Updated: May 9, 2022
I remember back in PE as a kid that once every so often we'd have to do these physical fitness tests that were a part of our grade in the class. To pass you had to be successful in a certain number of these tests that included things like push-ups, sit-ups, running the mile, etc. One of the physical fitness tests we had to do was a flexibility test. If you've done it before, you know that metal box with the sliding ruler that measured how far you were able to reach. If you've never done it, I'll put a picture of it. I know so many people who knew they'd have to do well in the other tests because there was no way they'd pass the flexibility test. Boys/men especially don't typically have the natural gift of flexibility.
Now that I'm older and a physical therapist, I can look back on that time and chuckle because I've learned so many things that I could have applied when I was a kid. One of which is a super simple exercise that can quickly help your flexibility. If only I had this exercise in my back pocket all of those years ago in PE.
Although most of my patients and blog readers probably aren't looking for a way to pass their PE flexibility test, flexibility is something that many still work on and struggle with. Maybe you're struggling to bend over to tie your shoes or you trying to perfect your downward dog in yoga, a little extra flexibility might do you good! Today I'm sharing the one exercise/stretch you'll need to be touching your toes in no time!
The butts-up exercise is great to help a forward fold in yoga but applies to all tasks that require you to bend over like a rag doll. It decompresses your lower back and increases flexibility. This exercise can be beneficial for people with disc compression-like spine degeneration, those with pelvic instability or who require bending for a sport or functional activity. The best part? You don't need any special equipment to do this exercise. All you need is a chair with space to stand.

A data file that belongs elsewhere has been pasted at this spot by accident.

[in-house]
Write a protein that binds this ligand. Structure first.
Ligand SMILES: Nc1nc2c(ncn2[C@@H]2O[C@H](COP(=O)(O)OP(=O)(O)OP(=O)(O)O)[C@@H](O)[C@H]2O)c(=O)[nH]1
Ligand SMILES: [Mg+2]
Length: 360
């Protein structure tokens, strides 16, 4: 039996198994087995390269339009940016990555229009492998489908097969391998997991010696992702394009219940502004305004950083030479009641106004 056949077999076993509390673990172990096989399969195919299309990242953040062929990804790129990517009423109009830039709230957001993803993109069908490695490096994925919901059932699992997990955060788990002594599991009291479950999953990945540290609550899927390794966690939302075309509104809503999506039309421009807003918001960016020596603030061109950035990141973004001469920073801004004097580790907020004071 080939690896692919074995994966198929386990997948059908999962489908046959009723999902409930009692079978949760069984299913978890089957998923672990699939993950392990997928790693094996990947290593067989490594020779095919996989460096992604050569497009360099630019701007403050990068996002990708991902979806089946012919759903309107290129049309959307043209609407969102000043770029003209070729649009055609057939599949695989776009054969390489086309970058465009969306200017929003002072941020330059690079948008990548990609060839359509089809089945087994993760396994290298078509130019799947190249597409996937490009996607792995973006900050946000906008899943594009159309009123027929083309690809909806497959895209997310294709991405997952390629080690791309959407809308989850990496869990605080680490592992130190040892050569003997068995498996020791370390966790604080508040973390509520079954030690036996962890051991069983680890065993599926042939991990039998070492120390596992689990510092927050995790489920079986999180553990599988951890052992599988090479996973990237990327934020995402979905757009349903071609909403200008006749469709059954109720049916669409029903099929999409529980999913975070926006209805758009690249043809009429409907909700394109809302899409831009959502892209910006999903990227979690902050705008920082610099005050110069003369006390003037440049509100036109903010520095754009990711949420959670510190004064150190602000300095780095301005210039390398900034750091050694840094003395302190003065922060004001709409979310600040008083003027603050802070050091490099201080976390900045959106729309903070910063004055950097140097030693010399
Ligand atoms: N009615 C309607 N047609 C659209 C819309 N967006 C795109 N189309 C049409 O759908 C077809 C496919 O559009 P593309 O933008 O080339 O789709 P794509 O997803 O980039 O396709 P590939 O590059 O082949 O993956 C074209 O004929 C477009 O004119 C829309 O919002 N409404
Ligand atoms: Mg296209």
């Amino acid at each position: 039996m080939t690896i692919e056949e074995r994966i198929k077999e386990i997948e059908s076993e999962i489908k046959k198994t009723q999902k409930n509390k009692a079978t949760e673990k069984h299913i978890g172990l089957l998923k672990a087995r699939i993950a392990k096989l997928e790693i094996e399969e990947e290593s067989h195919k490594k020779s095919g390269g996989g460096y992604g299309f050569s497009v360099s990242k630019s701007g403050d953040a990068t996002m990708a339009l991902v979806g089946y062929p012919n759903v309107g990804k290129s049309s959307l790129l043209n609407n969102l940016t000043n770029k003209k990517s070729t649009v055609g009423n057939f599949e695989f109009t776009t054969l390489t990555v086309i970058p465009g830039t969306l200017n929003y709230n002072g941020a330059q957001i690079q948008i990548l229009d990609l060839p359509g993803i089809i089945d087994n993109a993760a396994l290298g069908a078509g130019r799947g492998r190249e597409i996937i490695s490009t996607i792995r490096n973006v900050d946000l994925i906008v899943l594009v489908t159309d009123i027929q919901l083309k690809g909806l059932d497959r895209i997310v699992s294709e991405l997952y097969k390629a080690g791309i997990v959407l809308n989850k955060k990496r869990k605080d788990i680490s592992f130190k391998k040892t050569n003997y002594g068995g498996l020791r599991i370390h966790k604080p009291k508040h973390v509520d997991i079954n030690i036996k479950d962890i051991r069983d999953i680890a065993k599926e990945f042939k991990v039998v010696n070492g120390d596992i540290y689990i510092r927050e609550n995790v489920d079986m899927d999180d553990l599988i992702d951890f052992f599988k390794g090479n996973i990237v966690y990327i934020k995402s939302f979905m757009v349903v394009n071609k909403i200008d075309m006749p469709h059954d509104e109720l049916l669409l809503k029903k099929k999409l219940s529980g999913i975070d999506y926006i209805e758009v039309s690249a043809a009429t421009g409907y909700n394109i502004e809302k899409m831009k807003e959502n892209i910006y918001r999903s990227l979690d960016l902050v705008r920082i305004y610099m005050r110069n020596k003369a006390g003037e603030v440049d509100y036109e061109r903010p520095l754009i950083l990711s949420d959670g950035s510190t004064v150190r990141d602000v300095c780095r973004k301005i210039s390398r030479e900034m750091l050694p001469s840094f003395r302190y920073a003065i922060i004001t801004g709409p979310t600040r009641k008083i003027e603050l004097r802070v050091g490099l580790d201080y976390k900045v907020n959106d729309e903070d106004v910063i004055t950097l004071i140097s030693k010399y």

Start by sitting in a chair toward the edge of the chair. Bend forward and firmly grab your ankles. From here, you'll want to press your feet into the floor and slowly act as though you are standing up while keeping a firm hold on your ankles. At a certain point, you'll feel a pulling/stretch of the back of your legs. You'll slowly work into and out of the stretch by gently bending and straightening your legs. Be sure to keep your head down during this exercise to prevent cramping.
As you do the exercise, you should notice that it becomes easier and easier and you should be able to straighten your legs more and more. After you've done the exercise, you'll slowly walk your hands back up your legs to return to a neutral position.
Hopefully, you've noticed a change in your flexibility after this exercise. Please leave us a comment to let us know how it worked for you and how you were able to use your newfound flexibility.
Remember, we heal smarter, not harder,
Dr. Justin C. Lin